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Phylogenetic analysis of mutational robustness based on codon usage supports that the standard genetic code does not prefer extreme environments

Abstract

The mutational robustness of the genetic code is rarely discussed in the context of biological diversity, such as codon usage and related factors, often considered as independent of the actual organism’s proteome. Here we put the living beings back to picture and use distortion as a metric of mutational robustness. Distortion estimates the expected severities of non-synonymous mutations measuring it by amino acid physicochemical properties and weighting for codon usage. Using the biological variance of codon frequencies, we interpret the mutational robustness of the standard genetic code with regards to their corresponding environments and genomic compositions (GC-content). Employing phylogenetic analyses, we show that coding fidelity in physicochemical properties can deteriorate with codon usages adapted to extreme environments and these putative effects are not the artefacts of phylogenetic bias. High temperature environments select for codon usages with decreased mutational robustness of hydrophobic, volumetric, and isoelectric properties. Selection at high saline concentrations also leads to reduced fidelity in polar and isoelectric patterns. These show that the genetic code performs best with mesophilic codon usages, strengthening the view that LUCA or its ancestors preferred lower temperature environments. Taxonomic implications, such as rooting the tree of life, are also discussed.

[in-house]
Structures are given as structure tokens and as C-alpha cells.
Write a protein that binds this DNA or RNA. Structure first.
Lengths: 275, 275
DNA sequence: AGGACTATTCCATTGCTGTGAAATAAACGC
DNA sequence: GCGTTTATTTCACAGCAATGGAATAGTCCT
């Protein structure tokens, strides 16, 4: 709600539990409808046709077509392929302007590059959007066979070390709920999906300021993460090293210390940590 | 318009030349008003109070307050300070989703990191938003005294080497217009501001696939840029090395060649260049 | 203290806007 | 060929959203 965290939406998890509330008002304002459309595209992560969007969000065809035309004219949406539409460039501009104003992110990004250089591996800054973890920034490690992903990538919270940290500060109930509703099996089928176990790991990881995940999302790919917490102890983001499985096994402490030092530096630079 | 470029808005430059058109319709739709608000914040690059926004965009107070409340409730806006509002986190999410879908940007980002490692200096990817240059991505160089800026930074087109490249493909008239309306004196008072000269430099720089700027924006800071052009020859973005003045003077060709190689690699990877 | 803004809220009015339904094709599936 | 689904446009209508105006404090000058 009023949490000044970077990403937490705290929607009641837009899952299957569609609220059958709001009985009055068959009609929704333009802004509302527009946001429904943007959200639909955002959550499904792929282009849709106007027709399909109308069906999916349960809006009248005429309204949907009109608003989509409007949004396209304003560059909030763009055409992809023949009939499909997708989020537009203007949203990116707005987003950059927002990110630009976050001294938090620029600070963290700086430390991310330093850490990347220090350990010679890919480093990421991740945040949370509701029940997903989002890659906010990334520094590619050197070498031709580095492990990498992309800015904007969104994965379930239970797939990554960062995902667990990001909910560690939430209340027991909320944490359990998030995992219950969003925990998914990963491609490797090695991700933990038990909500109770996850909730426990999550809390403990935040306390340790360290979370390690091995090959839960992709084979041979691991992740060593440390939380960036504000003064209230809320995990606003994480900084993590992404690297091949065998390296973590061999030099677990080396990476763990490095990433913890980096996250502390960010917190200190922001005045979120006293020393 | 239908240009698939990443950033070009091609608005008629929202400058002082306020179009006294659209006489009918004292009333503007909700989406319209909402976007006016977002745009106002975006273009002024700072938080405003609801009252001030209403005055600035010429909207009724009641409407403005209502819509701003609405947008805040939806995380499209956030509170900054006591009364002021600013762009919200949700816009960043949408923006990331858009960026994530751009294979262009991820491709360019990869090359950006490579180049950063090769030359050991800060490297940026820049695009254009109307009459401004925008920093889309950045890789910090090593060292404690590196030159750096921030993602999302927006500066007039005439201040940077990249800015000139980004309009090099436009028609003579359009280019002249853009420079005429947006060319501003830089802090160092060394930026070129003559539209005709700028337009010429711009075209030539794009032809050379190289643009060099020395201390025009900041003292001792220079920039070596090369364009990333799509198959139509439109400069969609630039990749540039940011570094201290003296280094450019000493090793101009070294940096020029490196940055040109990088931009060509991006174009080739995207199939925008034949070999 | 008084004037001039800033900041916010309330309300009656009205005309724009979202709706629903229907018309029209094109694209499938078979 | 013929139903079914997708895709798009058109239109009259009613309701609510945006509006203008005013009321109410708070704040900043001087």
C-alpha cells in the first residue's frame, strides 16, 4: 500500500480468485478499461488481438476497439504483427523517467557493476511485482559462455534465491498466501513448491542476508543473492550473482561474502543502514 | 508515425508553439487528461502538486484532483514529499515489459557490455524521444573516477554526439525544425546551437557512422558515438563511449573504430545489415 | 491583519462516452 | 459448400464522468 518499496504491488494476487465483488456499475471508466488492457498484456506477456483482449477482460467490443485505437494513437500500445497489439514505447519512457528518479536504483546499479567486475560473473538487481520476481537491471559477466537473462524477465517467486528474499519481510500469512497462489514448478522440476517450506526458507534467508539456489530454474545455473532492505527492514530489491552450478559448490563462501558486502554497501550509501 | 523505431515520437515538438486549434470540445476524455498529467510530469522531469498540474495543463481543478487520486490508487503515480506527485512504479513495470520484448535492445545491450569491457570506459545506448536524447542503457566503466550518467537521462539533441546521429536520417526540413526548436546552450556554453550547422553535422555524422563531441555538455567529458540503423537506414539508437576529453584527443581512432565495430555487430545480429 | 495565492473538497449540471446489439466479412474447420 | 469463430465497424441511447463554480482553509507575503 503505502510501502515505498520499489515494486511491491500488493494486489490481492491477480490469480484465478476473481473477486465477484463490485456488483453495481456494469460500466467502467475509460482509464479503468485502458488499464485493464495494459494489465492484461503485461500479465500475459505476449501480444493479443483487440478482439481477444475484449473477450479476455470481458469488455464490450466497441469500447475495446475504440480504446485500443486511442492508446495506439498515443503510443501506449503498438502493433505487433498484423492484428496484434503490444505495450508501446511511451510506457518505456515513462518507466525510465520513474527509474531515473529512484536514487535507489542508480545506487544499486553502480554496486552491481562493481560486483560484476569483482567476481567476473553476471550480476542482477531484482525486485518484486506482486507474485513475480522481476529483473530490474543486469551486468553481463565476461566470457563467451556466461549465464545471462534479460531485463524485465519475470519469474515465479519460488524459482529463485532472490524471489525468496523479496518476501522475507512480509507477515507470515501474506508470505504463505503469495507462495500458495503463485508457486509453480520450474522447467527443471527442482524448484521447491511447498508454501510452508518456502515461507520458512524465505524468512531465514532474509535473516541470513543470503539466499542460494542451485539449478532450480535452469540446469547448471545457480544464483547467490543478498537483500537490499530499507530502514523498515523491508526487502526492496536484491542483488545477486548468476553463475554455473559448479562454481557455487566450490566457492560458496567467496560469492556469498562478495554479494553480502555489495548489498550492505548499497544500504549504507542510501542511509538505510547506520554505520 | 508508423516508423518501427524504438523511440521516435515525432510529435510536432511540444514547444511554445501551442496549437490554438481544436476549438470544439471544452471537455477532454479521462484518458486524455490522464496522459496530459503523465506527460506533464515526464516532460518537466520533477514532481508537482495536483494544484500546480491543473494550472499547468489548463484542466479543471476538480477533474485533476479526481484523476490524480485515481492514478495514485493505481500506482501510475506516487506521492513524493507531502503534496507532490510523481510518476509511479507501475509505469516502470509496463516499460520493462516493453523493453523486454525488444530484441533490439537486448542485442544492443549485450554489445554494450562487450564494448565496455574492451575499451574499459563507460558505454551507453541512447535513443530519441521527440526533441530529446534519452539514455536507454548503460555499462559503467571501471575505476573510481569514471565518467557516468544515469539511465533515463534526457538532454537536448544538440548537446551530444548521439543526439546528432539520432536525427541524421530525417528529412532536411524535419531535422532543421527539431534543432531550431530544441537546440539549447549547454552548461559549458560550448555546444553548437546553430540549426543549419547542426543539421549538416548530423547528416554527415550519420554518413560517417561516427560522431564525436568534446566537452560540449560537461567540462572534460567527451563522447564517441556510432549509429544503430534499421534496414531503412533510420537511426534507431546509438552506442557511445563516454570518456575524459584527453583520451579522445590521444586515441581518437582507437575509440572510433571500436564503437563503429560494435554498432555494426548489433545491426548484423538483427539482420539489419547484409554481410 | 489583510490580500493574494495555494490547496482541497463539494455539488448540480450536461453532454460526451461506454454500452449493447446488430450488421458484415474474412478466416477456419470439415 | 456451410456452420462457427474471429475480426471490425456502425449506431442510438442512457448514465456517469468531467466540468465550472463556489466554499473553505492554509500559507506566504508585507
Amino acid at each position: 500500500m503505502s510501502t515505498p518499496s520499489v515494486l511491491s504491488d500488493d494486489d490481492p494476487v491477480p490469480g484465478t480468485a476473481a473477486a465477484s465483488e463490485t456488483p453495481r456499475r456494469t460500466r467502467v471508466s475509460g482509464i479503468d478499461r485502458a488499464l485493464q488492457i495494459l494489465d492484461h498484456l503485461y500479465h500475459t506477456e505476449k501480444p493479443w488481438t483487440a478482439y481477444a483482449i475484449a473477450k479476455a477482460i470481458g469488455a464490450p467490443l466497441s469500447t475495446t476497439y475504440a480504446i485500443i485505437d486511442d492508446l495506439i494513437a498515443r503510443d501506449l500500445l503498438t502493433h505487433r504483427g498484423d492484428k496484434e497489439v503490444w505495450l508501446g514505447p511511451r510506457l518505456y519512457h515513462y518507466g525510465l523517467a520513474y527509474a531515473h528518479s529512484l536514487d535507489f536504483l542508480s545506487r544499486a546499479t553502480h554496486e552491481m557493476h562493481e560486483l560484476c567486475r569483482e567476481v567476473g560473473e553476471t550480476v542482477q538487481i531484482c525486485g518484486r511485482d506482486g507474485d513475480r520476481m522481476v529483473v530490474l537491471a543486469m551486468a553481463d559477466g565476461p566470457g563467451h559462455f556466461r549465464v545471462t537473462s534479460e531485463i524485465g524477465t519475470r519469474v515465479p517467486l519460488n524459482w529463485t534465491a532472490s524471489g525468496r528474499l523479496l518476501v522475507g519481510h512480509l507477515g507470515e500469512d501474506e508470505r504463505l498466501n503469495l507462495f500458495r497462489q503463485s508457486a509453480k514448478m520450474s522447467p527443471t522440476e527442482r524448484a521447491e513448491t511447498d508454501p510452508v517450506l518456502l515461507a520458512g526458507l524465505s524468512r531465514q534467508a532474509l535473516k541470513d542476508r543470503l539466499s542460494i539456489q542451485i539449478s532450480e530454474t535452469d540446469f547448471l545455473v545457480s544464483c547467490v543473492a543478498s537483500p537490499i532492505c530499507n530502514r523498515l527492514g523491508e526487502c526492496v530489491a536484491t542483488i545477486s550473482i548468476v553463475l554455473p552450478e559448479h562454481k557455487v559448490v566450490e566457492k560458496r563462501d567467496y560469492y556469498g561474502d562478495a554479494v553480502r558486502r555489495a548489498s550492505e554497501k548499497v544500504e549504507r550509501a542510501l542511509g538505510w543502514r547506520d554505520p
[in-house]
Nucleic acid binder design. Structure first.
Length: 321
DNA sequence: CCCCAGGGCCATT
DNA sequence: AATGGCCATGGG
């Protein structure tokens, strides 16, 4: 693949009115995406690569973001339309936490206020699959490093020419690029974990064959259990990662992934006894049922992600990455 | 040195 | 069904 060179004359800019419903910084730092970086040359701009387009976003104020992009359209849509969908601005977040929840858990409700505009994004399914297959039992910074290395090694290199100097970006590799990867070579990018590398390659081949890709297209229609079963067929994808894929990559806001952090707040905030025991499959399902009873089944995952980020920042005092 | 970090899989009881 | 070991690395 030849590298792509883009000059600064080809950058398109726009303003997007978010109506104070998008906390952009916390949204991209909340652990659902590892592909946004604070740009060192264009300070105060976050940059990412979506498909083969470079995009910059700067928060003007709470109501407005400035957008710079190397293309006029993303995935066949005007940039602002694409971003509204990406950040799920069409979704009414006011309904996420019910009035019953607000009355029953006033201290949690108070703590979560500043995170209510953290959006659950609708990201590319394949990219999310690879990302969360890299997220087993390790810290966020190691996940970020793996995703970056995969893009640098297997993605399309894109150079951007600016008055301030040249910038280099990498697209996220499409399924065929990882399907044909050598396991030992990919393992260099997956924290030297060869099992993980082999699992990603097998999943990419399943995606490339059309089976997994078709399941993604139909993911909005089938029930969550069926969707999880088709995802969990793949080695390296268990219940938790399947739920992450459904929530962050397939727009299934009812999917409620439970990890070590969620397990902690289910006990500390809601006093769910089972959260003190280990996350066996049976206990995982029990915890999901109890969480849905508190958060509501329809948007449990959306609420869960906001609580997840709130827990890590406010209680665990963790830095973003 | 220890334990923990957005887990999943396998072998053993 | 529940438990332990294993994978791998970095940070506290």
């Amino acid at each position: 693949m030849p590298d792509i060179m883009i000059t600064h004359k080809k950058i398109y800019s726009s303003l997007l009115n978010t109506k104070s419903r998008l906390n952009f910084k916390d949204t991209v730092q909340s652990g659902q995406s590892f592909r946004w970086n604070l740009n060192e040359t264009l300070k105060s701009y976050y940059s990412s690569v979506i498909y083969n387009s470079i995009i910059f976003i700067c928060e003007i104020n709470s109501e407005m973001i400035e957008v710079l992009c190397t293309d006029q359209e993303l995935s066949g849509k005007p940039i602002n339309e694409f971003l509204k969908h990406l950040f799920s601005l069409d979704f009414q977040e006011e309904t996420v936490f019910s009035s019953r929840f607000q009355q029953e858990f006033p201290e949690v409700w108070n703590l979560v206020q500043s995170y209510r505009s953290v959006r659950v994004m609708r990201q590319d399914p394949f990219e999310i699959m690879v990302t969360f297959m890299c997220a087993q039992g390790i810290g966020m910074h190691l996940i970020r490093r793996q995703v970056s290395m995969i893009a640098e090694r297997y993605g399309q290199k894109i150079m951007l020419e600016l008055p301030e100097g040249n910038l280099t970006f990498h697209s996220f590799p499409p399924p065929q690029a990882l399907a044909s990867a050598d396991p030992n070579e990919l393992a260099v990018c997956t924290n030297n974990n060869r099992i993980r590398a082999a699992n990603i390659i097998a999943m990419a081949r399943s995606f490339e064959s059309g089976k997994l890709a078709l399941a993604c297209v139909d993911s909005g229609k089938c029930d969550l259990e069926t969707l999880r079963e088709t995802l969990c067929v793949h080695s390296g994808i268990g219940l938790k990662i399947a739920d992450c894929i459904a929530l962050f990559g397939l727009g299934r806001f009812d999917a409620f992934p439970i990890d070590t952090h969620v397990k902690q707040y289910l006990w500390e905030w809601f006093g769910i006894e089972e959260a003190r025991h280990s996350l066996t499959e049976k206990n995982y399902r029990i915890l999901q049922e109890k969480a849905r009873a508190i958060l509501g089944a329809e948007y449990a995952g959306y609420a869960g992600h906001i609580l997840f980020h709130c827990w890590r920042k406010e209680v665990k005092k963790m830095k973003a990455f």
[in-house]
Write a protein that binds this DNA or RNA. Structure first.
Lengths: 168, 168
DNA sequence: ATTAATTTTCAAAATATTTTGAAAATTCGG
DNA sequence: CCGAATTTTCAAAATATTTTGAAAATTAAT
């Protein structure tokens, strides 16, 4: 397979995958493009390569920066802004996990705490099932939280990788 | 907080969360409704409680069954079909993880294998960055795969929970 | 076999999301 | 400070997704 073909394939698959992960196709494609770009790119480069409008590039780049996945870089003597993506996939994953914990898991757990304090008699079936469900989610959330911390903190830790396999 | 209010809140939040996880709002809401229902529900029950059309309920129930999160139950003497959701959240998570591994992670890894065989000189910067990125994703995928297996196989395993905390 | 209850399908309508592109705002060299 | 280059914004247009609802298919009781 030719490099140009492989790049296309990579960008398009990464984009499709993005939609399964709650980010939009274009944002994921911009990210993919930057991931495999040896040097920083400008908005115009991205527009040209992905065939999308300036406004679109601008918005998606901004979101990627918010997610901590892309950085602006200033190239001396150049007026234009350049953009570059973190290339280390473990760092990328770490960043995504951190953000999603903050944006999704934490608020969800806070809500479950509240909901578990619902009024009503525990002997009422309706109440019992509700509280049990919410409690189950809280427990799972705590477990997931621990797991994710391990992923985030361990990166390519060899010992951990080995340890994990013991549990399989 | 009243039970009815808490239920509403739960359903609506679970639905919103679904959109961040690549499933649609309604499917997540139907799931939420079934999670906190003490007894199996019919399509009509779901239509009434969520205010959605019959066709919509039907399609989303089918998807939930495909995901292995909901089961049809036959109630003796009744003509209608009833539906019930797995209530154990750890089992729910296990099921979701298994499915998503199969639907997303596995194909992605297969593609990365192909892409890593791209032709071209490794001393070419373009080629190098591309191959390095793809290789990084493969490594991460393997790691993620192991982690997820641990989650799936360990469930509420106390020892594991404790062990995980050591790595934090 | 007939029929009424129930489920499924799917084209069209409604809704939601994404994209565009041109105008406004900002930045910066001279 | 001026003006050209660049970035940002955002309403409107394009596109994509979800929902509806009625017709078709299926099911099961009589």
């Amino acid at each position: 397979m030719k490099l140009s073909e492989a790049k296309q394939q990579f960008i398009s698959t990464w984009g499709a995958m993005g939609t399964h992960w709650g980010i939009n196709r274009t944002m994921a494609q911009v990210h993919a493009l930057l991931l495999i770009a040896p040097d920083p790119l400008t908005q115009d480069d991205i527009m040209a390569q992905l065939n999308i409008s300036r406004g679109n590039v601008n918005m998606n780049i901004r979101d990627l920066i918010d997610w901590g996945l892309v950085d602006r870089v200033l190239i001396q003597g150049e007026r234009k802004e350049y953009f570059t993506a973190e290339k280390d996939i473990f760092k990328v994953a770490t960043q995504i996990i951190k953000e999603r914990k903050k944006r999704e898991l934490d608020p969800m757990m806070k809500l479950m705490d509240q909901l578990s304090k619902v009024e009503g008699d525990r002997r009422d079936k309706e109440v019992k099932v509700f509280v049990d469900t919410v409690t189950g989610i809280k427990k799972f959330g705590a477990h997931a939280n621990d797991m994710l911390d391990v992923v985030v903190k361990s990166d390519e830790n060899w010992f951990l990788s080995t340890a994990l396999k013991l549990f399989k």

Introduction

The origin of translational apparatus and the genetic code is amongst the greatest conundrums of Life1. Its fundamental challenge is to uncover the constraints, historical accidents, and evolutionary driving forces that could have shaped the standard codon table. The current views propose the general mechanisms of (1) stereochemical affinity between codons and attributed amino acids (stereochemical theory2,3), (2) coevolution between the biosynthetic paths of amino acids and cognate codons (coevolution theory4,5), and (3) minimization of translation errors (adaptive, physicochemical or error minimization theory6,7) as possible explanations for the overall structure of the standard genetic code. Here, we focus and expand on the third one.

Although these existing hypotheses for the development of the genetic code are still hotly debated (including other theories, see other reviews8,9 for a recent overview of the field), the scientific community tends to agree on that the code is robust to mutations because its structure reduces the deleterious effects of translational errors. The error minimization theory proposes that the universal genetic code was shaped under selective forces that made the code at least partly optimized for fidelity in the physicochemical properties of mutated amino acids (or such aspects played a role during its development). With a few notable exceptions showing that the code can be locally improved with codon reassignments10,11, several studies have pointed out that the overwhelming portion of random alternative genetic code structures have inferior error capacities, leading to the argument of “optimality” of the standard genetic code6,7,12. The basis for these comparisons is the average fitness cost of replacing one amino acid with another due to mutation, measured on a scale of some physicochemical property (e.g. hydrophobicity or polarity).